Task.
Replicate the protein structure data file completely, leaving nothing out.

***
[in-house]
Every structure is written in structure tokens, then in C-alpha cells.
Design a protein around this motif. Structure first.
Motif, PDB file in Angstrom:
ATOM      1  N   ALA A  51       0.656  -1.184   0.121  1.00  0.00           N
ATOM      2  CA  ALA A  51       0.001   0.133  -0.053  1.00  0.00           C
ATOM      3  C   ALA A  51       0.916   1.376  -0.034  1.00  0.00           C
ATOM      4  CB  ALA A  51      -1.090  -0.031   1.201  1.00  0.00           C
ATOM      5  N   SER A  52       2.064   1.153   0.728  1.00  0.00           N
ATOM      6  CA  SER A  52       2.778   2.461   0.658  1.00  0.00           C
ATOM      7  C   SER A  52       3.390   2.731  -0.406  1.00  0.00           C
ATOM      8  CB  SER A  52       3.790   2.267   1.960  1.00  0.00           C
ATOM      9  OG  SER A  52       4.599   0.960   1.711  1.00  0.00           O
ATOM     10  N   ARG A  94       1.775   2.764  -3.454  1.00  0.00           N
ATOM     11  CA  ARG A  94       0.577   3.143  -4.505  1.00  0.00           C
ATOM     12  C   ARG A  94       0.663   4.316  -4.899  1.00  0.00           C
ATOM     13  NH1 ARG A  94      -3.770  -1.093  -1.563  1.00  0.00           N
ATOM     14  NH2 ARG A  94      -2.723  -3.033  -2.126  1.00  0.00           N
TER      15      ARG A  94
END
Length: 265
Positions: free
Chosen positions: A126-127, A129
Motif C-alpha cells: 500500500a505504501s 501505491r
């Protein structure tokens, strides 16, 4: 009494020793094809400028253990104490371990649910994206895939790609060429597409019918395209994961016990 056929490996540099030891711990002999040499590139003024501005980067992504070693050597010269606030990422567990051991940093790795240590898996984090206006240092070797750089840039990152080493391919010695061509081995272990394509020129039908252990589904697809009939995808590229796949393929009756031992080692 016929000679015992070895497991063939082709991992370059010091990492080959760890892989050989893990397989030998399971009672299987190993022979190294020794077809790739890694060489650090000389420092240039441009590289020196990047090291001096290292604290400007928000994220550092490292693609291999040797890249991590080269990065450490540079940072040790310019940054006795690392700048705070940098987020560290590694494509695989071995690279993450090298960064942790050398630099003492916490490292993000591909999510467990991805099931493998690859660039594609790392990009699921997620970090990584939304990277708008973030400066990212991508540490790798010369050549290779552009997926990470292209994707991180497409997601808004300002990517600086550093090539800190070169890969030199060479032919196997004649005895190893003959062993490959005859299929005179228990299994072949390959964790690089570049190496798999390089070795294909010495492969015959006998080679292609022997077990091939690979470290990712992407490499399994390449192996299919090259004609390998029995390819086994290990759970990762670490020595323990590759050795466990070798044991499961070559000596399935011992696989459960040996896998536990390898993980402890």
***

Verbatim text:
[in-house]
Every structure is written in structure tokens, then in C-alpha cells.
Design a protein around this motif. Structure first.
Motif, PDB file in Angstrom:
ATOM      1  N   ALA A  51       0.656  -1.184   0.121  1.00  0.00           N
ATOM      2  CA  ALA A  51       0.001   0.133  -0.053  1.00  0.00           C
ATOM      3  C   ALA A  51       0.916   1.376  -0.034  1.00  0.00           C
ATOM      4  CB  ALA A  51      -1.090  -0.031   1.201  1.00  0.00           C
ATOM      5  N   SER A  52       2.064   1.153   0.728  1.00  0.00           N
ATOM      6  CA  SER A  52       2.778   2.461   0.658  1.00  0.00           C
ATOM      7  C   SER A  52       3.390   2.731  -0.406  1.00  0.00           C
ATOM      8  CB  SER A  52       3.790   2.267   1.960  1.00  0.00           C
ATOM      9  OG  SER A  52       4.599   0.960   1.711  1.00  0.00           O
ATOM     10  N   ARG A  94       1.775   2.764  -3.454  1.00  0.00           N
ATOM     11  CA  ARG A  94       0.577   3.143  -4.505  1.00  0.00           C
ATOM     12  C   ARG A  94       0.663   4.316  -4.899  1.00  0.00           C
ATOM     13  NH1 ARG A  94      -3.770  -1.093  -1.563  1.00  0.00           N
ATOM     14  NH2 ARG A  94      -2.723  -3.033  -2.126  1.00  0.00           N
TER      15      ARG A  94
END
Length: 265
Positions: free
Chosen positions: A126-127, A129
Motif C-alpha cells: 500500500a505504501s 501505491r
């Protein structure tokens, strides 16, 4: 009494020793094809400028253990104490371990649910994206895939790609060429597409019918395209994961016990 056929490996540099030891711990002999040499590139003024501005980067992504070693050597010269606030990422567990051991940093790795240590898996984090206006240092070797750089840039990152080493391919010695061509081995272990394509020129039908252990589904697809009939995808590229796949393929009756031992080692 016929000679015992070895497991063939082709991992370059010091990492080959760890892989050989893990397989030998399971009672299987190993022979190294020794077809790739890694060489650090000389420092240039441009590289020196990047090291001096290292604290400007928000994220550092490292693609291999040797890249991590080269990065450490540079940072040790310019940054006795690392700048705070940098987020560290590694494509695989071995690279993450090298960064942790050398630099003492916490490292993000591909999510467990991805099931493998690859660039594609790392990009699921997620970090990584939304990277708008973030400066990212991508540490790798010369050549290779552009997926990470292209994707991180497409997601808004300002990517600086550093090539800190070169890969030199060479032919196997004649005895190893003959062993490959005859299929005179228990299994072949390959964790690089570049190496798999390089070795294909010495492969015959006998080679292609022997077990091939690979470290990712992407490499399994390449192996299919090259004609390998029995390819086994290990759970990762670490020595323990590759050795466990070798044991499961070559000596399935011992696989459960040996896998536990390898993980402890």